Media filesDownload logo

Related Content

Andela looks to double talent pool with Africa expansion

Global engineering talent company, Andela is looking to double its talent pool and is ready to accept engineers from all African countries. Omowale David-Ashiru, Andela’s Vice President for Global Operations joins CNBC Africa for more.

Positive economic growth prospects fuelling Mozambique property rush

Mozambique is seen as a growth potential for investment opportunities, according to the International Monetary Fund its GDP is predicted at 5.5 per cent in 2020 and inflation projected to remain low, increasing slightly to 5 per cent at the end of the year. Ettiene Erasmus, Entrepreneur of Mozambique Property Developments & Investments joins CNBC Africa for more.

Why Africa’s next generation of writers should embrace digital publishing

Are Africa’s literary traditions on the wane? Or are we not notiving this generation’s breed of Wole Soyinka and Chinua Achebes? CNBC Africa’s Arnold Kwizera spoke to Comic Republic’s Jide Martin on the future of the industry.

East African Breweries CEO shares how the company is responding to the COVID-19 challenges

The brewing industry has always attracted double digit growth due to the demand of beer, wine and other spirit drinks. The Covid-19 pandemic has however dealt a hard blow to the industry, with bars and pubs forced to close as part of the measures to curb the spread of the disease. Andrew Cowan, Group Managing Director and CEO, East African Breweries Limited joins CNBC Africa for more.

Subscribe to our newsletter

Sign up for free newsletters and get more CNBC AFRICA delivered to your inbox

More from CNBC Africa

Ghana’s president self-isolates after close person tests positive for coronavirus

ACCRA (Reuters) - Ghana’s President Nana Akufo-Addo will self-isolate for 14 days on the advice of doctors after a person in his...

Health minister hails responsible behavior after English pubs reopen

Thousands of people flocked to pubs, restaurants and bars around England on Saturday as large parts of the hospitality sector reopened for the first time since March.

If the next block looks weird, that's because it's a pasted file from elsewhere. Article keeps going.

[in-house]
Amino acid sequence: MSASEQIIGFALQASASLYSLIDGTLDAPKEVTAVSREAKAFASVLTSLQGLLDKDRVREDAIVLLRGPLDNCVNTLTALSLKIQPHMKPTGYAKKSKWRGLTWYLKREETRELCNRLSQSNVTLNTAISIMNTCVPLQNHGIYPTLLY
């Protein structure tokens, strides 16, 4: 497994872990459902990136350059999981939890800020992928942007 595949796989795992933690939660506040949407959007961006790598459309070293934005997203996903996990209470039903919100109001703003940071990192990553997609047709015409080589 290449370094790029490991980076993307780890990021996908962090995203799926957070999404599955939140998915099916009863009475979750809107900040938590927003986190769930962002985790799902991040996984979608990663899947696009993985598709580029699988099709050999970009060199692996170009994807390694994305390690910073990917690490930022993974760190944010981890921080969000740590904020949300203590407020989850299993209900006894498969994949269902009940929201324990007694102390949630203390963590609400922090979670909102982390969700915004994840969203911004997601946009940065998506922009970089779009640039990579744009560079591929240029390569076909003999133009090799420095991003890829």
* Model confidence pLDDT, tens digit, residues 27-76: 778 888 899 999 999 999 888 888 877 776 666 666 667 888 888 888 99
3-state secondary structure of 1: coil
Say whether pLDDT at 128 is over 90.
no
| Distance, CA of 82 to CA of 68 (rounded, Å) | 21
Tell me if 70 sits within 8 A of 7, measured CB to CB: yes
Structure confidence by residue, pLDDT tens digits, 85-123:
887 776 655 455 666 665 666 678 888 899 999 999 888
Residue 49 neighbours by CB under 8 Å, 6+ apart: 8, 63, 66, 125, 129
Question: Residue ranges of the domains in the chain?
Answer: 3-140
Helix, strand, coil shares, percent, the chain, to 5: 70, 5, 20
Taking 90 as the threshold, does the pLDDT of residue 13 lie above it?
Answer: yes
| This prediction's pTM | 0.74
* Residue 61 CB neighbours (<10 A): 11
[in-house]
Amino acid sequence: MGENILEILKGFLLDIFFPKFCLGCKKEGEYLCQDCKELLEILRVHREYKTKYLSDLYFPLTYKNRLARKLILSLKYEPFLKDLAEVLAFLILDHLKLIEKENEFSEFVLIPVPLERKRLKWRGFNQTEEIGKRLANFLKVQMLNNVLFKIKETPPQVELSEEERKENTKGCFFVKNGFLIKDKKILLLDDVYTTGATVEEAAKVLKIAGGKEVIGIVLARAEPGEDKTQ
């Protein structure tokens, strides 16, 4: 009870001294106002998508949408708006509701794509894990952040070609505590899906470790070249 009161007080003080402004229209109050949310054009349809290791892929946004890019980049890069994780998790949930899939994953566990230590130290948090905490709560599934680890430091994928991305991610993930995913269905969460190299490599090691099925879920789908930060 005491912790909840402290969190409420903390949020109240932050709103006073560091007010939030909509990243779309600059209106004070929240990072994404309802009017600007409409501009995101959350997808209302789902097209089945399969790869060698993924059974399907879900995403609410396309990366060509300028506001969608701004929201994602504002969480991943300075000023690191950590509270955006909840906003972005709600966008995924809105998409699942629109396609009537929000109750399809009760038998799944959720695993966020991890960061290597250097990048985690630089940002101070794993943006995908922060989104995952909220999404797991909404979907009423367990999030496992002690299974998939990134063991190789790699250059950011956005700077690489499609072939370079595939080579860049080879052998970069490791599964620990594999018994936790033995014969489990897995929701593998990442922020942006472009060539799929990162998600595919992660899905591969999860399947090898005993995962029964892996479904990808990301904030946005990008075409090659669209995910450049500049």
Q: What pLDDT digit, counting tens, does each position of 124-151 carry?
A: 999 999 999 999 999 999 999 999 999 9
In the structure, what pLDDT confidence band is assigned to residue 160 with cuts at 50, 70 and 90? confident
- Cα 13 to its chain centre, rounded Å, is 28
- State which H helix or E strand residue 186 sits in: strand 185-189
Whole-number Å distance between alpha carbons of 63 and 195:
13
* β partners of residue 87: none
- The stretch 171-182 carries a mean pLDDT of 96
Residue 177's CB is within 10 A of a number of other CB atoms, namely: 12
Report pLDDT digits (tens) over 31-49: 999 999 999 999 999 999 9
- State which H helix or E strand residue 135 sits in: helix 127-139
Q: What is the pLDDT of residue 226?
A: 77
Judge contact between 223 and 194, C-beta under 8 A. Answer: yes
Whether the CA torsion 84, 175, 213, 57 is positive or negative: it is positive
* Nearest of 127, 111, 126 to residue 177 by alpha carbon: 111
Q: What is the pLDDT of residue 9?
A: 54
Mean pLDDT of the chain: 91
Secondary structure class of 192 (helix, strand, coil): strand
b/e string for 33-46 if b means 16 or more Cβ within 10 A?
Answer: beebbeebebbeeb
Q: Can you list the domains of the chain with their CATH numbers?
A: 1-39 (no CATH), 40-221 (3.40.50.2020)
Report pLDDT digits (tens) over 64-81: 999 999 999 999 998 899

COVID-19: Now is the time for Africa to grow food

This Covid-19 crisis has also exposed the extreme fragility of the global food system. Social-distancing and lockdown measures to curb the virus’s spread have significantly reduced people’s incomes and thus global food demand.

Morocco’s RAM to axe routes, may reduce fleet to secure aid

RABAT (Reuters) - Moroccan airline Royal Air Maroc plans to cancel some air links, cut jobs and may sell 20 aircraft to...

Partner Content

Sanlam launches urgent job-preservation initiative in response to COVID-19

Sanlam Investments is responding to the COVID-19 pandemic through large-scale support of the recovery of South African companies, from small enterprises to...

Is Market Volatility Here For The Foreseeable Future?

Content provided by CompareForexBrokers Prior to understanding why market volatility might be here to stay for the foreseeable future,...

Trending Now

Keep SMB’s Congo coltan mine in supply chains, says mineral tracker

JOHANNESBURG (Reuters) - Insecurity around Société Minière de Bisunzu’s (SMB) coltan mine in Democratic Republic of Congo could get worse if it...

Malawi’s election cheer dampened by coronavirus surge

“We’re in a worse situation today than we were three months ago. Coronavirus is spreading everywhere in Malawi and it’s spreading to kill,” he said in a televised address.

Congo mines minister to meet with firms on confinement moratorium

“Coronavirus has dealt a fatal blow to mining activities, with the impossibility of repatriating capital, importations of products for the industry coming to a halt, the dizzying drop in metals prices on global markets in March,” he said.
- Advertisement -